Bird lines and a few other super easy summer jewels

Copy four of this summer’s most directional jewellery designs takes just a trace of DIY know-how!

It’s summer, it’s 30°C so by my estimations here at Chic Cheat you won’t want to spend your whole day labouring over a DIY project when it’s so glorious outside (and hotter than a glass blower’s crevices in the shade!). I came up with four short DIY jewellery tutorials inspired by key looks and choices of charms: Bicycles, owls, pyramids and diamond shapes.

You will need…

DIY tools

…and after much effort not to ad-lib too much, and to include everything I use in the above pictures I forgot to mention clear car lacquer





Very Easy

The pyramid earrings can be a bit fiddly especially if you use picture-hanging wire like I did (as I like the contrasting colours. It generally works out cheaper, too). Joining the edges with a soldering iron will probably save you time on that but a) I don’t have one and b) they’re potentially dangerous blighters, you see, so I’d feel irresponsible recommending one.


Tops 1 hour per item, excluding the time it takes to bake your clay (15 whole minutes, mind!).


Print out whichever of these templates you wish to use, at any size you wish because I’m that much of a free spirit!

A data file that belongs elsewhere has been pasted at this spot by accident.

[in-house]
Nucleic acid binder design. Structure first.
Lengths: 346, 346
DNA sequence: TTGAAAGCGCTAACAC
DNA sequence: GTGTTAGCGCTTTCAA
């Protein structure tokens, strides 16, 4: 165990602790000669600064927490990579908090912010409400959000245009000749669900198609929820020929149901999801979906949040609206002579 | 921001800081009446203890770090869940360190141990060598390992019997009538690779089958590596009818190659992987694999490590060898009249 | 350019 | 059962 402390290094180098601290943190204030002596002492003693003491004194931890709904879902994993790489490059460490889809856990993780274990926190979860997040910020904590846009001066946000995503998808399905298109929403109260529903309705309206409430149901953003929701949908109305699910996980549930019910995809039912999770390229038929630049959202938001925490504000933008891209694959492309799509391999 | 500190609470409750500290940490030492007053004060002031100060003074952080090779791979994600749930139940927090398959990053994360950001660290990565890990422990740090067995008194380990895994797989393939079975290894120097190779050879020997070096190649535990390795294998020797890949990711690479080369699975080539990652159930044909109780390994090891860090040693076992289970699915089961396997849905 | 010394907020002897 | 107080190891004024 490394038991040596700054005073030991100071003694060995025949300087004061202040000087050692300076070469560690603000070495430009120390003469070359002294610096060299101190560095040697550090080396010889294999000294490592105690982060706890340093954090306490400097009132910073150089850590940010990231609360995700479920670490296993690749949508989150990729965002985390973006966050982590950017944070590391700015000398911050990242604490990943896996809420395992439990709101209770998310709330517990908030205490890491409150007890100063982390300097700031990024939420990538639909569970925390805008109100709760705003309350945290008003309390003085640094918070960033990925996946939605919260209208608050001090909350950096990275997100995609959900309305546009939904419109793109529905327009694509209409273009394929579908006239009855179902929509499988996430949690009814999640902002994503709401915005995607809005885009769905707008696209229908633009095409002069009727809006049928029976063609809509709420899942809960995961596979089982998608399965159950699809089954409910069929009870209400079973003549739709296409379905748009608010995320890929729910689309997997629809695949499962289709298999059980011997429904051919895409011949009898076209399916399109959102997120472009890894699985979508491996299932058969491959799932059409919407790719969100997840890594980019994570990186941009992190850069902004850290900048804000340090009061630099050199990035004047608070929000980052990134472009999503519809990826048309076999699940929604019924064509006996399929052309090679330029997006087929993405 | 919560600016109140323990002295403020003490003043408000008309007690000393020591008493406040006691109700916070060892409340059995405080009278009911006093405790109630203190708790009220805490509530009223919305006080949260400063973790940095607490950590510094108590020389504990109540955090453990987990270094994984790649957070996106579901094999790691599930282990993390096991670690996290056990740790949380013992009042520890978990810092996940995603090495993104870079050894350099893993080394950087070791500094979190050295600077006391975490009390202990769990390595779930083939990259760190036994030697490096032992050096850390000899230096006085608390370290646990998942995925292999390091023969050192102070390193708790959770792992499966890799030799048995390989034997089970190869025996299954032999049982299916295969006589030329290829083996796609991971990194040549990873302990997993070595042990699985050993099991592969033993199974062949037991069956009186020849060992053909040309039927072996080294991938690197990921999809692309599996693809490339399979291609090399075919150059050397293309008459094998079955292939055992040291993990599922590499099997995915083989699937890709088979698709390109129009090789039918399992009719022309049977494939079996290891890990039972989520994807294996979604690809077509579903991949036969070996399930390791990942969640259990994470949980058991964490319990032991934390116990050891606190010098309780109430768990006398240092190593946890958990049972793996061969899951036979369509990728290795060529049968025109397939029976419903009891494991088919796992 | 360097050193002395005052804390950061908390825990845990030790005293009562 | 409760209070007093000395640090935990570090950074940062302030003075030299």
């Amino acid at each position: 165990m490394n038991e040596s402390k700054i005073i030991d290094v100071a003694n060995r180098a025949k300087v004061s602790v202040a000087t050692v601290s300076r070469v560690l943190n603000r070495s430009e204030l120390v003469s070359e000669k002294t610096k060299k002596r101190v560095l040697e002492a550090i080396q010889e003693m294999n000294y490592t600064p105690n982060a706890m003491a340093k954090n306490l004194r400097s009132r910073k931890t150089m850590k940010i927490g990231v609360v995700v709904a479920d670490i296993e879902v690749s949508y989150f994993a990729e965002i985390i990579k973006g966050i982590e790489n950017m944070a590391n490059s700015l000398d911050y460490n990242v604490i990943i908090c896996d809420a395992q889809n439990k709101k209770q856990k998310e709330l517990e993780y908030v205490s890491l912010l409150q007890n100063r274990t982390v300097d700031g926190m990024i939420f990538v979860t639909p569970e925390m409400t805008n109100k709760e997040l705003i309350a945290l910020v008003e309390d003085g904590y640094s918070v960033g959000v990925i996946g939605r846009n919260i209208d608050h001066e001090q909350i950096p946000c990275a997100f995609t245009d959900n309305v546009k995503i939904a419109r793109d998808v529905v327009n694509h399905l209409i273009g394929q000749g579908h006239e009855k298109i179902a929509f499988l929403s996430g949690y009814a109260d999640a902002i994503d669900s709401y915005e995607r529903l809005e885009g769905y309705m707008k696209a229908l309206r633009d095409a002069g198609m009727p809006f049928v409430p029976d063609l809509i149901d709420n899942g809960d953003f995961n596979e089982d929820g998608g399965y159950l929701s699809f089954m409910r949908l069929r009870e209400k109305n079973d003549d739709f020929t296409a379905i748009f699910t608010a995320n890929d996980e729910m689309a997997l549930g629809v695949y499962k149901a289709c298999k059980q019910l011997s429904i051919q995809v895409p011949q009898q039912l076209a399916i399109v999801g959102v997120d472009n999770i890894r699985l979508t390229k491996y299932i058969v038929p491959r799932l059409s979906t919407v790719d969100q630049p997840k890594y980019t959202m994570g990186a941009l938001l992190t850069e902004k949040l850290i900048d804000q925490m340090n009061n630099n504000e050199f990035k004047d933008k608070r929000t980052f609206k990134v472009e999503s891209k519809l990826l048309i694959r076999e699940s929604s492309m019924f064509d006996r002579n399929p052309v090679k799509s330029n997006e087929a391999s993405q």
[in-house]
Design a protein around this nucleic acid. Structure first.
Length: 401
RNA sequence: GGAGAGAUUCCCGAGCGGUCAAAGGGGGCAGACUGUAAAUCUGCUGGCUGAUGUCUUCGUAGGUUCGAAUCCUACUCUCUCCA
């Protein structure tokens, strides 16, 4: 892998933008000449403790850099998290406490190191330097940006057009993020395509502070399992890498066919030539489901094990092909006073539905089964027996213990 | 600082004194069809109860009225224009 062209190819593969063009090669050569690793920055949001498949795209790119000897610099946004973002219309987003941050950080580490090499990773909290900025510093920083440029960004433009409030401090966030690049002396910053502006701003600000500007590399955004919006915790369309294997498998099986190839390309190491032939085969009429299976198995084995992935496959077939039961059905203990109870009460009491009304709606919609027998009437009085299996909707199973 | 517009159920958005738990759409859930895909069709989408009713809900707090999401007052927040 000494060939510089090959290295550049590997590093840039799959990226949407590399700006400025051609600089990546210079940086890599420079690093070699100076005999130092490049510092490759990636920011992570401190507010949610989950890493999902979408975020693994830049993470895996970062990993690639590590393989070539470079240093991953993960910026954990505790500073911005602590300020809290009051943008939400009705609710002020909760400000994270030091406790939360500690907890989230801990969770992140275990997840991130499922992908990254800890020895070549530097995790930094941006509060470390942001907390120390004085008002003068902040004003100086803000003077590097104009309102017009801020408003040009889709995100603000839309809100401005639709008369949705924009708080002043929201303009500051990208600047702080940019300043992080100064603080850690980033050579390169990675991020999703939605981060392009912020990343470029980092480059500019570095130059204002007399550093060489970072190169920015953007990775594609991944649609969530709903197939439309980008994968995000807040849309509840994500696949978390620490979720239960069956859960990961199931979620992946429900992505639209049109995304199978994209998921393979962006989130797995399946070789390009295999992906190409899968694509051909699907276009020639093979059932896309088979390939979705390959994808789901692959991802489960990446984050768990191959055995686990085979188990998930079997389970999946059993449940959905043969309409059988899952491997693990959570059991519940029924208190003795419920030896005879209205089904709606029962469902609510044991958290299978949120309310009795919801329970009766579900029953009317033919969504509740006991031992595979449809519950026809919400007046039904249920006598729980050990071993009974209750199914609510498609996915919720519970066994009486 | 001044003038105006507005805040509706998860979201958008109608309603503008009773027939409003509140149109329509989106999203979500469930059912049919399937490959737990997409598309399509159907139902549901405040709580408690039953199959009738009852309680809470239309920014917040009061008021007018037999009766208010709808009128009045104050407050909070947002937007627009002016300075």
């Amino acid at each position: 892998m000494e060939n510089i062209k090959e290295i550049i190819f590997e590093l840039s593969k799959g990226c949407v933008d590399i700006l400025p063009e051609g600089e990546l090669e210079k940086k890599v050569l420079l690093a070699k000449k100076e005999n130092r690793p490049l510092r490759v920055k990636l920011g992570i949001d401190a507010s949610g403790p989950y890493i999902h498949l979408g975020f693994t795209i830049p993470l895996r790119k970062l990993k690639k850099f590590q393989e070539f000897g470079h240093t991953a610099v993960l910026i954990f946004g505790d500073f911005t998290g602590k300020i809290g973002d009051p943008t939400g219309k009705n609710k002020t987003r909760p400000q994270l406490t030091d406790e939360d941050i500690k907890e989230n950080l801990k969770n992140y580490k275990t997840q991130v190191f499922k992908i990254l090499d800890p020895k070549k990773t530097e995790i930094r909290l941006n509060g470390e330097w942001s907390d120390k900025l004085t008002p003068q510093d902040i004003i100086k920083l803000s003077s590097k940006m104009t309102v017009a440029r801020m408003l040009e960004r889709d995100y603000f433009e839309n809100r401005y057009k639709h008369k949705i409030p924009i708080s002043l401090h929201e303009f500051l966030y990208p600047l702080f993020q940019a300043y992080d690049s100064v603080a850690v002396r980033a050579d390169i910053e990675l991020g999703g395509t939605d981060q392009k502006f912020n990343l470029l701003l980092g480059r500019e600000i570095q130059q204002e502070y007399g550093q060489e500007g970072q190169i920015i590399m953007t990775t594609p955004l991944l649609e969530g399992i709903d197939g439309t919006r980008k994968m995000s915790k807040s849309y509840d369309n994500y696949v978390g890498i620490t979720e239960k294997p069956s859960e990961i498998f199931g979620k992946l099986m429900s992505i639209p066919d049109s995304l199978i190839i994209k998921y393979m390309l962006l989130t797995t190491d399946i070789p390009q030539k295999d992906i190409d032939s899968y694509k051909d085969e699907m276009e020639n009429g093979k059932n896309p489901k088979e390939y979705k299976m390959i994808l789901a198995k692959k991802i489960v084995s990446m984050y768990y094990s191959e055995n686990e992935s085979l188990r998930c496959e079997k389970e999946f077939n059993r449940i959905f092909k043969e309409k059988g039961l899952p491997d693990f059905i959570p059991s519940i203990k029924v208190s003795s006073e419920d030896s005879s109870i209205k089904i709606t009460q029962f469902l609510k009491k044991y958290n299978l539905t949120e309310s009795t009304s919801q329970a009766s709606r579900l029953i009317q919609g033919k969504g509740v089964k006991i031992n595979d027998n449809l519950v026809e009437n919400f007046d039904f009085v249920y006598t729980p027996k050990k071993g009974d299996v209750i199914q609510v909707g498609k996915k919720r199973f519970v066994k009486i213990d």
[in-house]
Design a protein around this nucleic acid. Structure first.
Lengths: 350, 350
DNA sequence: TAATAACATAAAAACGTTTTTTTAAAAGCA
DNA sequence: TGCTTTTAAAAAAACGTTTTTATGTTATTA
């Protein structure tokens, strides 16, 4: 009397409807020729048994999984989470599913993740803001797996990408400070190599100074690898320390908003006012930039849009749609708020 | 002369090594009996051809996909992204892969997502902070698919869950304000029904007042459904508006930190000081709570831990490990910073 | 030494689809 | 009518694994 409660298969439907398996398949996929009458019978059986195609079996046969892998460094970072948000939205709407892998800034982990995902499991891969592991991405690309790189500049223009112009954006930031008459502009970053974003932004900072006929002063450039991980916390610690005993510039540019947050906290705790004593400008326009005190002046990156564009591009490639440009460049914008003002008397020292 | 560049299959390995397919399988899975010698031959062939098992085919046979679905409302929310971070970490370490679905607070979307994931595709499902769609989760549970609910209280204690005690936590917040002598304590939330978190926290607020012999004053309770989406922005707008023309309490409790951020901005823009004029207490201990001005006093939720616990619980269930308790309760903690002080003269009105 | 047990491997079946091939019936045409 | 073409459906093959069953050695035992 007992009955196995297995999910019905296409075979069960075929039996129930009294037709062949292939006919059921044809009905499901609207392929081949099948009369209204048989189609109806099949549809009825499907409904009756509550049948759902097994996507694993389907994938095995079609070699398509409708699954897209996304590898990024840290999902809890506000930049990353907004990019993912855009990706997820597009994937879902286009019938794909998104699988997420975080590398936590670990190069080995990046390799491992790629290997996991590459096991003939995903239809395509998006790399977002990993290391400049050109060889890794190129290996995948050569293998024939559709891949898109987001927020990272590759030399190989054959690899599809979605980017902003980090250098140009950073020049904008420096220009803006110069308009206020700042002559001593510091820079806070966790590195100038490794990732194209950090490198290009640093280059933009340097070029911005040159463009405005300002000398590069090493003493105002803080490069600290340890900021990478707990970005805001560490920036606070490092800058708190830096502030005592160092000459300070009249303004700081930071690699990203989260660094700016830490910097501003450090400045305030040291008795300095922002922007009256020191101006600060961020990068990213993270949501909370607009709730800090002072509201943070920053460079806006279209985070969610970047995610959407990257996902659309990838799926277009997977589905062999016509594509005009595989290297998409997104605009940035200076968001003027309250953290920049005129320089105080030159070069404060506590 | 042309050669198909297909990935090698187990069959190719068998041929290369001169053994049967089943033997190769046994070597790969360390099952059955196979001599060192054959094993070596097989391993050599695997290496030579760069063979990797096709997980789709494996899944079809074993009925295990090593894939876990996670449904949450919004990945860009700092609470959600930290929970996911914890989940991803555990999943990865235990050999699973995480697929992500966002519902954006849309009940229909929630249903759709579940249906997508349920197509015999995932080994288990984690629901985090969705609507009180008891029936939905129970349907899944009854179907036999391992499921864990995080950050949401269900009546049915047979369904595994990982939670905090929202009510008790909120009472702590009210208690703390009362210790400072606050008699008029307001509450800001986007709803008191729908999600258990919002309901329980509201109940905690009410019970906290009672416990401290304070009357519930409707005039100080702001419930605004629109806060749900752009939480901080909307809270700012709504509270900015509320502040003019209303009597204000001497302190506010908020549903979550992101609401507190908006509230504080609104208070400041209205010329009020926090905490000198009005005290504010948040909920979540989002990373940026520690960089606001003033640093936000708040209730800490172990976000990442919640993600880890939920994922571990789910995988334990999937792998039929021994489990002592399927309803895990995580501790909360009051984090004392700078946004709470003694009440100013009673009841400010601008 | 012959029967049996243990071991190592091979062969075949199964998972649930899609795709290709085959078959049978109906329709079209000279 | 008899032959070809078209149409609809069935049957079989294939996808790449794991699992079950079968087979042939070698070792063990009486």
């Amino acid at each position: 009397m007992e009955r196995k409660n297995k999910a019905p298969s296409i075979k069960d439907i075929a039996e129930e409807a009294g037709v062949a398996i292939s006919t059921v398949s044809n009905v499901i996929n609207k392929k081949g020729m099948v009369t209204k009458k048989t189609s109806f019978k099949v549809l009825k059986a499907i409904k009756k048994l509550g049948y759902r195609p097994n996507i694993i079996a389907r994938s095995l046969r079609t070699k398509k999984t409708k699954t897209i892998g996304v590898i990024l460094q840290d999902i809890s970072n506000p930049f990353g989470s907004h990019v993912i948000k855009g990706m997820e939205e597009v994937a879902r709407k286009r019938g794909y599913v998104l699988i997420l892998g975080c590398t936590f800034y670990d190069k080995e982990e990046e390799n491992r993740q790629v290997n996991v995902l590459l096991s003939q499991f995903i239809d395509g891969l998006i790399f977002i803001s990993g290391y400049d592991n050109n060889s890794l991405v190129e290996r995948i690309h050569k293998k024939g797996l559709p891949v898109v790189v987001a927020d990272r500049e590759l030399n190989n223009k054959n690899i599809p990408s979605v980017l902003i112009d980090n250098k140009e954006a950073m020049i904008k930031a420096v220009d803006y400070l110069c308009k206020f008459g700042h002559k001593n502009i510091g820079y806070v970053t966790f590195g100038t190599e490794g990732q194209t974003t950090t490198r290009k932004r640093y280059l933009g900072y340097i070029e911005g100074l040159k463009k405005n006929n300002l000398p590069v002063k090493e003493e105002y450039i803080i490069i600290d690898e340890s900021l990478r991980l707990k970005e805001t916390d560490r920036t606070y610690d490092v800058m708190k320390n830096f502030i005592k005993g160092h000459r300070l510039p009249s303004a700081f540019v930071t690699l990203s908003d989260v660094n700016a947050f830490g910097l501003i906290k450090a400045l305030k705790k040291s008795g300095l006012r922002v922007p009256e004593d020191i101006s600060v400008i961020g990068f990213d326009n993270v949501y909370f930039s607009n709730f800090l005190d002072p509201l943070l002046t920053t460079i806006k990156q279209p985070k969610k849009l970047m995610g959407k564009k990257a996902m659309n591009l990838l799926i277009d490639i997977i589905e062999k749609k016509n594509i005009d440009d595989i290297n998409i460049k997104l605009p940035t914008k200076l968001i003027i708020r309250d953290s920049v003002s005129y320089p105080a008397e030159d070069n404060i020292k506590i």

If you’re copying the bicycle, roll your polymer clay into a long, thin shape and use it to go along the lines of the template. Use a scalpel to cut your pieces and fuse them together. You can also use this method for sculpting your linear diamond charm.

If you’re doing the owl, use your scalpel and the template to sculpt the eyes first, then the lower body, making sure you drill some large holes near the edge for the jump rings. You can also use it to get some feathered textures by cutting into it diagonally (four words I never thought I’d say on such an innocent blog but, I hope you agree, it makes sense in context).


Paint your charms with your gold/ silver powder using a wet paintbrush. Bake them in the oven, following the instructions closely and carefully (I once confused fahrenheit for centigrade – the acrid results weren’t pretty!).


Without a fixative, your metallic paint will come off so use clear car lacquer or nail varnish to coat it.


If you’re making the earrings, use two differently coloured wires to get some contrast as well as different sizes, then fix them to your earring hooks.


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